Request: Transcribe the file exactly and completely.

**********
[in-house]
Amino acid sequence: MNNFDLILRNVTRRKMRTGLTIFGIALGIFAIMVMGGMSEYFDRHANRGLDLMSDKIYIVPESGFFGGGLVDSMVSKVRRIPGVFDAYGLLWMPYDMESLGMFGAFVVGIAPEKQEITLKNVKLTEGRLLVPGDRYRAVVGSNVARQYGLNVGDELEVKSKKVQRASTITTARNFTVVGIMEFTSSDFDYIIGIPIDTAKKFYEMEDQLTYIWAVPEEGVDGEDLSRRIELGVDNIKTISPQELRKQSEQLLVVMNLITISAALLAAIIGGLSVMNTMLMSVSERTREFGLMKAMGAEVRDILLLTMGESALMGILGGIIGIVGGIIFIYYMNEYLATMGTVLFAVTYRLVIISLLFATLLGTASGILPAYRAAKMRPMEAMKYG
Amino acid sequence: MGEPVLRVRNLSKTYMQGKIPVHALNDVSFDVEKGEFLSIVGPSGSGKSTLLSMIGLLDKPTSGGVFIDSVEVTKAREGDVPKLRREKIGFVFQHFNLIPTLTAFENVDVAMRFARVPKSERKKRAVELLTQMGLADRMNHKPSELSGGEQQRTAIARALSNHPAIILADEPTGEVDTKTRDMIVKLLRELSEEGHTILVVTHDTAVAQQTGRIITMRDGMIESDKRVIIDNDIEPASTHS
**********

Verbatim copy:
[in-house]
Amino acid sequence: MNNFDLILRNVTRRKMRTGLTIFGIALGIFAIMVMGGMSEYFDRHANRGLDLMSDKIYIVPESGFFGGGLVDSMVSKVRRIPGVFDAYGLLWMPYDMESLGMFGAFVVGIAPEKQEITLKNVKLTEGRLLVPGDRYRAVVGSNVARQYGLNVGDELEVKSKKVQRASTITTARNFTVVGIMEFTSSDFDYIIGIPIDTAKKFYEMEDQLTYIWAVPEEGVDGEDLSRRIELGVDNIKTISPQELRKQSEQLLVVMNLITISAALLAAIIGGLSVMNTMLMSVSERTREFGLMKAMGAEVRDILLLTMGESALMGILGGIIGIVGGIIFIYYMNEYLATMGTVLFAVTYRLVIISLLFATLLGTASGILPAYRAAKMRPMEAMKYG
Amino acid sequence: MGEPVLRVRNLSKTYMQGKIPVHALNDVSFDVEKGEFLSIVGPSGSGKSTLLSMIGLLDKPTSGGVFIDSVEVTKAREGDVPKLRREKIGFVFQHFNLIPTLTAFENVDVAMRFARVPKSERKKRAVELLTQMGLADRMNHKPSELSGGEQQRTAIARALSNHPAIILADEPTGEVDTKTRDMIVKLLRELSEEGHTILVVTHDTAVAQQTGRIITMRDGMIESDKRVIIDNDIEPASTHS